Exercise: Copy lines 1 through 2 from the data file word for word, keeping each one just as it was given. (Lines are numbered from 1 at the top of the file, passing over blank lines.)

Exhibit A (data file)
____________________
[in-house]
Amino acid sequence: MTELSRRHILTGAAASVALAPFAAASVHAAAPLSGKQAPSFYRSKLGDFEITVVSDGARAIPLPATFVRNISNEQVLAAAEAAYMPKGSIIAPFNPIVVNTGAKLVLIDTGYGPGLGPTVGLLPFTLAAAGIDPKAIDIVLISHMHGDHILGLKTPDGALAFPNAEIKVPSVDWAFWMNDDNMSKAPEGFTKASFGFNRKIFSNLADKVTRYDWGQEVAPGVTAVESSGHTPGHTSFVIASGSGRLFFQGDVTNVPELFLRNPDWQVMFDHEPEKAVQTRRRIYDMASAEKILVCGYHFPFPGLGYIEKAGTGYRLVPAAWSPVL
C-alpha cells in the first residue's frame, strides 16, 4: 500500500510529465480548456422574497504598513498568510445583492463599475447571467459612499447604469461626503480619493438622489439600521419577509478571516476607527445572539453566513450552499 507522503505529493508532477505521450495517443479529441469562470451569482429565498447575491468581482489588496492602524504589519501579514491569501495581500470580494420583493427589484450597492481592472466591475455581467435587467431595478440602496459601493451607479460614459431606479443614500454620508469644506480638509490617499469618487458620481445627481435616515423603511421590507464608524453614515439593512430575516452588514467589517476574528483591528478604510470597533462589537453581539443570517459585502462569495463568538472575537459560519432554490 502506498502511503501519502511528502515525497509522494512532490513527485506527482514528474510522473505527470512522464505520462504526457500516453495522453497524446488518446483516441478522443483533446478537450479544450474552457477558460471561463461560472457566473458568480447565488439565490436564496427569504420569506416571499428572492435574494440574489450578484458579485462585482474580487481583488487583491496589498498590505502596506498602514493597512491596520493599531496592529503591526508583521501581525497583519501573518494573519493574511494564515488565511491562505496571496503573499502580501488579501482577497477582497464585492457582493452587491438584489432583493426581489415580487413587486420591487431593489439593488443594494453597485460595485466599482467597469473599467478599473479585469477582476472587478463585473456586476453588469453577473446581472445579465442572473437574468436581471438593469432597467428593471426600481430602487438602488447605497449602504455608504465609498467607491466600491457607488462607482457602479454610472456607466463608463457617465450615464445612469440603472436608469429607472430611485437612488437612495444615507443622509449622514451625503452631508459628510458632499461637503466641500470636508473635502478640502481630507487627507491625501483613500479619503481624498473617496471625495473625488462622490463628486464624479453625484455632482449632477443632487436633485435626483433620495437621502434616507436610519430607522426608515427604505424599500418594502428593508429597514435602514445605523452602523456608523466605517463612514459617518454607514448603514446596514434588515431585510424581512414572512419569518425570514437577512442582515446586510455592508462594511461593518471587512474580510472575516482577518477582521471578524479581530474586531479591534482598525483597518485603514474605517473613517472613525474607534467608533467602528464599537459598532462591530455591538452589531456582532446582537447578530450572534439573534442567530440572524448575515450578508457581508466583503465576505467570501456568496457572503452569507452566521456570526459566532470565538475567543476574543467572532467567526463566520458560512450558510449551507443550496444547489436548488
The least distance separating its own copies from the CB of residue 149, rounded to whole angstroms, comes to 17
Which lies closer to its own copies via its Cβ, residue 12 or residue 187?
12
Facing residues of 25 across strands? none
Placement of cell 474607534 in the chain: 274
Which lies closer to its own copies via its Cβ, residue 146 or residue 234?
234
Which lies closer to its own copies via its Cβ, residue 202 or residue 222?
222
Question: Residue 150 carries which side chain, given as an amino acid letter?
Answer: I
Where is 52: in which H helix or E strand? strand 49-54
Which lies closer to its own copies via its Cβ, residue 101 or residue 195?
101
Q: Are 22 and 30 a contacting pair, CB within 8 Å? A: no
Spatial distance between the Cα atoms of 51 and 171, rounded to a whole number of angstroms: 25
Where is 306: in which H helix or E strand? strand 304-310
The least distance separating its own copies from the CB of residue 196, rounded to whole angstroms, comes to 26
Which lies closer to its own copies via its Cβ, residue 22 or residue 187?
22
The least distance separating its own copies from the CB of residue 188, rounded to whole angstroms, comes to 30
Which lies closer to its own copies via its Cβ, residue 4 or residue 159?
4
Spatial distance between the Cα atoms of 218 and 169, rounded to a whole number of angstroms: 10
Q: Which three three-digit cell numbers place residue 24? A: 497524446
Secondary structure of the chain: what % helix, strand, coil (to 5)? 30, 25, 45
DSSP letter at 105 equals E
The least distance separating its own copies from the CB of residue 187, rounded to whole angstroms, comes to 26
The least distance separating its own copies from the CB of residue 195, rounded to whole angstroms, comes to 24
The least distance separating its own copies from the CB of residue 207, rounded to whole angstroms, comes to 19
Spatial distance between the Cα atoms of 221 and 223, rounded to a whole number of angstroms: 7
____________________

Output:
[in-house]
Amino acid sequence: MTELSRRHILTGAAASVALAPFAAASVHAAAPLSGKQAPSFYRSKLGDFEITVVSDGARAIPLPATFVRNISNEQVLAAAEAAYMPKGSIIAPFNPIVVNTGAKLVLIDTGYGPGLGPTVGLLPFTLAAAGIDPKAIDIVLISHMHGDHILGLKTPDGALAFPNAEIKVPSVDWAFWMNDDNMSKAPEGFTKASFGFNRKIFSNLADKVTRYDWGQEVAPGVTAVESSGHTPGHTSFVIASGSGRLFFQGDVTNVPELFLRNPDWQVMFDHEPEKAVQTRRRIYDMASAEKILVCGYHFPFPGLGYIEKAGTGYRLVPAAWSPVL